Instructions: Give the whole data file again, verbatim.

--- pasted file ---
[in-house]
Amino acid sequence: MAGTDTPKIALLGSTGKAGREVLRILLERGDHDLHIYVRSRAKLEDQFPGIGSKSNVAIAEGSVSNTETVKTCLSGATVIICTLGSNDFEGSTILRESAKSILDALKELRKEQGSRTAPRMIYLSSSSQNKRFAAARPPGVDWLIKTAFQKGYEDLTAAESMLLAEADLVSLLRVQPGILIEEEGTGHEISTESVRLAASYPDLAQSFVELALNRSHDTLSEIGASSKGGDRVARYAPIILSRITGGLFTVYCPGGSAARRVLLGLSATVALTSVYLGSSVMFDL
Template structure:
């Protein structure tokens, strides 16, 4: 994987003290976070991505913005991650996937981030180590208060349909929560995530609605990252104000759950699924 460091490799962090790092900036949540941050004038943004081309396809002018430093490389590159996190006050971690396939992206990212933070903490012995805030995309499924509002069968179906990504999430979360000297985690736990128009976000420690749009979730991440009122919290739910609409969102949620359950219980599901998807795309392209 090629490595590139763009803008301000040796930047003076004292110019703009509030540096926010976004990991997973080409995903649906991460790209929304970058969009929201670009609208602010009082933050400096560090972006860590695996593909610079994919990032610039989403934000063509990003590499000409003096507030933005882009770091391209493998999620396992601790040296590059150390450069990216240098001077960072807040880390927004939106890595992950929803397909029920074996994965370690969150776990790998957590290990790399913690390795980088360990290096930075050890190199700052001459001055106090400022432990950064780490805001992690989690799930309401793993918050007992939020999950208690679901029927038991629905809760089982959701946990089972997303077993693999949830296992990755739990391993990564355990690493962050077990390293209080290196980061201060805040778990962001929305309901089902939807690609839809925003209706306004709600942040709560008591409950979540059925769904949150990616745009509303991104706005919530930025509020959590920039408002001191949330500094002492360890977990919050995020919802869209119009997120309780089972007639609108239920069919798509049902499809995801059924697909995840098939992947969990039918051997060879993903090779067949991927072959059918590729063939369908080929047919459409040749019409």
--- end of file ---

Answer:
[in-house]
Amino acid sequence: MAGTDTPKIALLGSTGKAGREVLRILLERGDHDLHIYVRSRAKLEDQFPGIGSKSNVAIAEGSVSNTETVKTCLSGATVIICTLGSNDFEGSTILRESAKSILDALKELRKEQGSRTAPRMIYLSSSSQNKRFAAARPPGVDWLIKTAFQKGYEDLTAAESMLLAEADLVSLLRVQPGILIEEEGTGHEISTESVRLAASYPDLAQSFVELALNRSHDTLSEIGASSKGGDRVARYAPIILSRITGGLFTVYCPGGSAARRVLLGLSATVALTSVYLGSSVMFDL
Template structure:
């Protein structure tokens, strides 16, 4: 994987003290976070991505913005991650996937981030180590208060349909929560995530609605990252104000759950699924 460091490799962090790092900036949540941050004038943004081309396809002018430093490389590159996190006050971690396939992206990212933070903490012995805030995309499924509002069968179906990504999430979360000297985690736990128009976000420690749009979730991440009122919290739910609409969102949620359950219980599901998807795309392209 090629490595590139763009803008301000040796930047003076004292110019703009509030540096926010976004990991997973080409995903649906991460790209929304970058969009929201670009609208602010009082933050400096560090972006860590695996593909610079994919990032610039989403934000063509990003590499000409003096507030933005882009770091391209493998999620396992601790040296590059150390450069990216240098001077960072807040880390927004939106890595992950929803397909029920074996994965370690969150776990790998957590290990790399913690390795980088360990290096930075050890190199700052001459001055106090400022432990950064780490805001992690989690799930309401793993918050007992939020999950208690679901029927038991629905809760089982959701946990089972997303077993693999949830296992990755739990391993990564355990690493962050077990390293209080290196980061201060805040778990962001929305309901089902939807690609839809925003209706306004709600942040709560008591409950979540059925769904949150990616745009509303991104706005919530930025509020959590920039408002001191949330500094002492360890977990919050995020919802869209119009997120309780089972007639609108239920069919798509049902499809995801059924697909995840098939992947969990039918051997060879993903090779067949991927072959059918590729063939369908080929047919459409040749019409």